At the World Health Organisation (WHO) press conference on Monday 8th June, Dr Maria van Kerkhove stated that asymptomatic transmission of SARS-CoV-2 is rare.
Tuesday 9th June
Prof Liam Smeeth, Professor of Clinical Epidemiology, London School of Hygiene and Tropical Medicine, said:
“I was quite surprised by the WHO statement, and I have not seen the data the statement is based on.
“It goes against my impressions from the science so far that suggest asymptomatic (people who never get symptoms) and pre-symptomatic people are an important source of infection to others. This is the main basis for steps such as self-isolation and lockdown – steps we know, from yesterday’s two Nature papers have massively reduced the numbers of people infected and have prevented millions of deaths globally.
“What is true is that once we have successfully interrupted community transmission, our main can shift and focus on case finding and testing of symptomatic people and tracing, testing and self-isolation of their contacts.
“There remains scientific uncertainty, but asymptomatic infection could be around 30% to 50% of cases. The best scientific studies to date suggest that up to half of cases became infected from asymptomatic or pre-symptomatic people.”
Prof Keith Neal, Emeritus Professor of the Epidemiology of Infectious Diseases, University of Nottingham, said:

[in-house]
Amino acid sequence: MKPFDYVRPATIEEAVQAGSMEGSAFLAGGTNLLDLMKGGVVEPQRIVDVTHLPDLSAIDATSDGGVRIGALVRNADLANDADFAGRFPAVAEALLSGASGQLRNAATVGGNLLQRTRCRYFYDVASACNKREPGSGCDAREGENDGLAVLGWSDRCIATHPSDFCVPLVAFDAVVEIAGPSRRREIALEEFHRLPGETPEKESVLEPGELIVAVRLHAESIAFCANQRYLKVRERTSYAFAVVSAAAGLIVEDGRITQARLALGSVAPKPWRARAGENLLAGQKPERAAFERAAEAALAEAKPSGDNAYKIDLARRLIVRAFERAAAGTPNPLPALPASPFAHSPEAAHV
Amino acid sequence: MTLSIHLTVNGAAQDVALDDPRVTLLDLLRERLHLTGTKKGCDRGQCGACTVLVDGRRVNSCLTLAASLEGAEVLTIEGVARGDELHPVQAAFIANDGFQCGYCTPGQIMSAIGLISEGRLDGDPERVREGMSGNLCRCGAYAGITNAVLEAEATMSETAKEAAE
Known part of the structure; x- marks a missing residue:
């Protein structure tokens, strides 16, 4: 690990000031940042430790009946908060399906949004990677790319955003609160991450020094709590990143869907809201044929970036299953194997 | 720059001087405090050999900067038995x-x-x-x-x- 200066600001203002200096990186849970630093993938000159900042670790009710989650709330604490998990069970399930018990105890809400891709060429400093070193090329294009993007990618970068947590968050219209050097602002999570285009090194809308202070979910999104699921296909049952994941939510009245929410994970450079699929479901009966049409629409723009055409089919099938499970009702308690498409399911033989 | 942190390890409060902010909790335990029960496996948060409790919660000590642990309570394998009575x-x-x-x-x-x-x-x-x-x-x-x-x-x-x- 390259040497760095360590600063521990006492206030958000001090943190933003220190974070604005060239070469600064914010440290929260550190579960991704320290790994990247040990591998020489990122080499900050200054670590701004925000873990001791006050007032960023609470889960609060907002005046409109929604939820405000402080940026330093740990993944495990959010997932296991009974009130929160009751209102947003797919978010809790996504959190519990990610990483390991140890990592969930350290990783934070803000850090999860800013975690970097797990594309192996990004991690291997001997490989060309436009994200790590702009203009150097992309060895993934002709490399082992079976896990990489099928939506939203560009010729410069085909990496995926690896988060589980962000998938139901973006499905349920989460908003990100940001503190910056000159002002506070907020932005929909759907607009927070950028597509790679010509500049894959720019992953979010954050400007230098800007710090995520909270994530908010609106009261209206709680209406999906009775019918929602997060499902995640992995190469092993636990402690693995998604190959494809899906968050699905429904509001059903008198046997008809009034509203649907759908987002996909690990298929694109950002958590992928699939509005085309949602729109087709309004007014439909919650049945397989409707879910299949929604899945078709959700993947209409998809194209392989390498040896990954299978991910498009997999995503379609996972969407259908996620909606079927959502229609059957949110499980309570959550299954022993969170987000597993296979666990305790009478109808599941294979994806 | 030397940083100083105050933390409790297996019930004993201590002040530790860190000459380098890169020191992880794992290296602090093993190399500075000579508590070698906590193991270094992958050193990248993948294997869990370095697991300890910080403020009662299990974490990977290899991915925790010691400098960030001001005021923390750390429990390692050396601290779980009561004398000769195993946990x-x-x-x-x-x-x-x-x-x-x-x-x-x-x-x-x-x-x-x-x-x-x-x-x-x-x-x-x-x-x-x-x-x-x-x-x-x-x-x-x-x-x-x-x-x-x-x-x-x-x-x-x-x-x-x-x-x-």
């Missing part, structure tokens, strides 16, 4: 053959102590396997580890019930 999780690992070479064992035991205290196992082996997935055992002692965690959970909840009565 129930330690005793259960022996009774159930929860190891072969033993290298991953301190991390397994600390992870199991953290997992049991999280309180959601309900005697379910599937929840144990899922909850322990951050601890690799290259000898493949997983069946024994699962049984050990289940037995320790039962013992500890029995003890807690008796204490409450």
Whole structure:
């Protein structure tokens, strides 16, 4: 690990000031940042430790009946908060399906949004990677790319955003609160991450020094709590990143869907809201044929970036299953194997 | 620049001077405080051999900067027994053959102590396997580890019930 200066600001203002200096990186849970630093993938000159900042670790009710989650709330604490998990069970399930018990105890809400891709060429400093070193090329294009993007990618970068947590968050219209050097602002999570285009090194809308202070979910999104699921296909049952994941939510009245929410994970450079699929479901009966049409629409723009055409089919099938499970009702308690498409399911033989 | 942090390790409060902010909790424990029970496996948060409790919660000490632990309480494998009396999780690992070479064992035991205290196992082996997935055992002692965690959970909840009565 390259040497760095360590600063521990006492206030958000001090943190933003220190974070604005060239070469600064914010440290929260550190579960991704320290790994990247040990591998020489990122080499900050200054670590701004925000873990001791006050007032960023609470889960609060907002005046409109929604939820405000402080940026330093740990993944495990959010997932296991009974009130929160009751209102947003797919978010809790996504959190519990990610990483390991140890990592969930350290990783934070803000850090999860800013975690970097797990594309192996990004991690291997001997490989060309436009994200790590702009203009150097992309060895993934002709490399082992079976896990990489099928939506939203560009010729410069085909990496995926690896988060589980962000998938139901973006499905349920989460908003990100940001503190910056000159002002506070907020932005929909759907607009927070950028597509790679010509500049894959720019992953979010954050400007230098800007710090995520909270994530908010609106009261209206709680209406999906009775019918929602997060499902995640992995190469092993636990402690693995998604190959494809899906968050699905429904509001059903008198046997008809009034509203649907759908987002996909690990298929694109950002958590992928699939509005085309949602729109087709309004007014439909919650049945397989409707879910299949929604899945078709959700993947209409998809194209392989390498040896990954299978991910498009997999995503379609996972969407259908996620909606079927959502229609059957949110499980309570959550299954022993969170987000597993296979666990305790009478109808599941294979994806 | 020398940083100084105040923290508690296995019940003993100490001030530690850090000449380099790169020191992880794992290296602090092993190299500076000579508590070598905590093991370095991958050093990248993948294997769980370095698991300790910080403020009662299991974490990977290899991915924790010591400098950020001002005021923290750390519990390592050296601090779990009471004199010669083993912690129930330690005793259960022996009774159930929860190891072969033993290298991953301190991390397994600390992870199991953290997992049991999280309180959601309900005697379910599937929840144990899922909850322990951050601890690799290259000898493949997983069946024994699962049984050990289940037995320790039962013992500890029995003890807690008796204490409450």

“How much of a role asymptomatic transmission plays in the total number of new infections remains unclear but symptomatic people are responsible for most of the new infections of COVID-19.
“This reinforces the importance of any person who has any of the symptoms of COVID-19 arranges a test for themselves as soon as possible and isolating until they get their test result.
“Everyone has a role to play in stopping COVID-19.”
Monday 8th June
Prof Babak Javid, Principal Investigator, Tsinghua University School of Medicine, Beijing, and Consultant in Infectious Diseases at Cambridge University Hospitals, said:
“In the WHO’s press conference today, it was suggested that patients with asymptomatic infection rarely transmit Covid to others. Dr van Kerkhove makes the important distinction between true asymptomatics (never develop symptoms), presymptomatics (don’t have symptoms at the time of testing positive for SARS-CoV-2 but later develop symptoms) and paucisymptomatics (have atypical or very mild symptoms). She describes that unpublished data suggest “asymptomatics” (not further clarified) do not transmit infection. This may well be true. Detailed contact tracing from Taiwan as well as the first European transmission chain in Germany suggested that true asymptomatics rarely transmit.
“However, those (and many other) studies have found that paucisymptomatic transmission can occur, and in particular, in the German study, they found that transmission often appeared to occur before or on the day symptoms first appeared (i.e. presymptomatic transmission).
“Without having access to the data Dr van Kerkhove refers to, it is difficult to make any other assessment. I’m sure those data will become publicly available in due course. In the meantime, other data available, from studies in several continents confirming that presymptomatic transmission does occur would suggest that being well does not necessarily mean one cannot transmit SARS-CoV-2. However, the important point is made that some even very mild symptoms that are not ‘typical’ of Covid (i.e. not having a fever or cough) may still represent someone who can be contagious. This has important implications for the track/trace/isolate measures being instituted in many countries.”
The relevant section of the press conference is from 31:42 at this link: https://who.canto.global/s/UNPRA?viewIndex=0&column=audio&id=tjf5oi0cvd02t147dmat5vpk3v
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